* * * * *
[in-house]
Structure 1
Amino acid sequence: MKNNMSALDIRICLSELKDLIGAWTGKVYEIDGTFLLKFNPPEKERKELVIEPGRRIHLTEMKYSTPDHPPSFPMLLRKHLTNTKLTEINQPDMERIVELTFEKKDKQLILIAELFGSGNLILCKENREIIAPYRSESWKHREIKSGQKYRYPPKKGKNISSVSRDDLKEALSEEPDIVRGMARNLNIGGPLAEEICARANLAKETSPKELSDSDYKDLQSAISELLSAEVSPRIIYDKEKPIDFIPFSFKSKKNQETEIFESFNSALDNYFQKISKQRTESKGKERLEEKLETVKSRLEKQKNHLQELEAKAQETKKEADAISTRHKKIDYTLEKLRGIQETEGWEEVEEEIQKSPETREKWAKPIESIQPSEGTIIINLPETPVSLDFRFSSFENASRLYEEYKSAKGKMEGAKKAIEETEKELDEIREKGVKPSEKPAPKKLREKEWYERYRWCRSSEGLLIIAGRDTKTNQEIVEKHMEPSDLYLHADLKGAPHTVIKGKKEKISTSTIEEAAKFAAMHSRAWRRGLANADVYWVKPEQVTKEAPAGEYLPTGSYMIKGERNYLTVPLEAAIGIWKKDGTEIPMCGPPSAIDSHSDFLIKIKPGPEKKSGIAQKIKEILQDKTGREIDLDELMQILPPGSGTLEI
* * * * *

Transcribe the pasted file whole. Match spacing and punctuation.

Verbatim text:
[in-house]
Structure 1
Amino acid sequence: MKNNMSALDIRICLSELKDLIGAWTGKVYEIDGTFLLKFNPPEKERKELVIEPGRRIHLTEMKYSTPDHPPSFPMLLRKHLTNTKLTEINQPDMERIVELTFEKKDKQLILIAELFGSGNLILCKENREIIAPYRSESWKHREIKSGQKYRYPPKKGKNISSVSRDDLKEALSEEPDIVRGMARNLNIGGPLAEEICARANLAKETSPKELSDSDYKDLQSAISELLSAEVSPRIIYDKEKPIDFIPFSFKSKKNQETEIFESFNSALDNYFQKISKQRTESKGKERLEEKLETVKSRLEKQKNHLQELEAKAQETKKEADAISTRHKKIDYTLEKLRGIQETEGWEEVEEEIQKSPETREKWAKPIESIQPSEGTIIINLPETPVSLDFRFSSFENASRLYEEYKSAKGKMEGAKKAIEETEKELDEIREKGVKPSEKPAPKKLREKEWYERYRWCRSSEGLLIIAGRDTKTNQEIVEKHMEPSDLYLHADLKGAPHTVIKGKKEKISTSTIEEAAKFAAMHSRAWRRGLANADVYWVKPEQVTKEAPAGEYLPTGSYMIKGERNYLTVPLEAAIGIWKKDGTEIPMCGPPSAIDSHSDFLIKIKPGPEKKSGIAQKIKEILQDKTGREIDLDELMQILPPGSGTLEI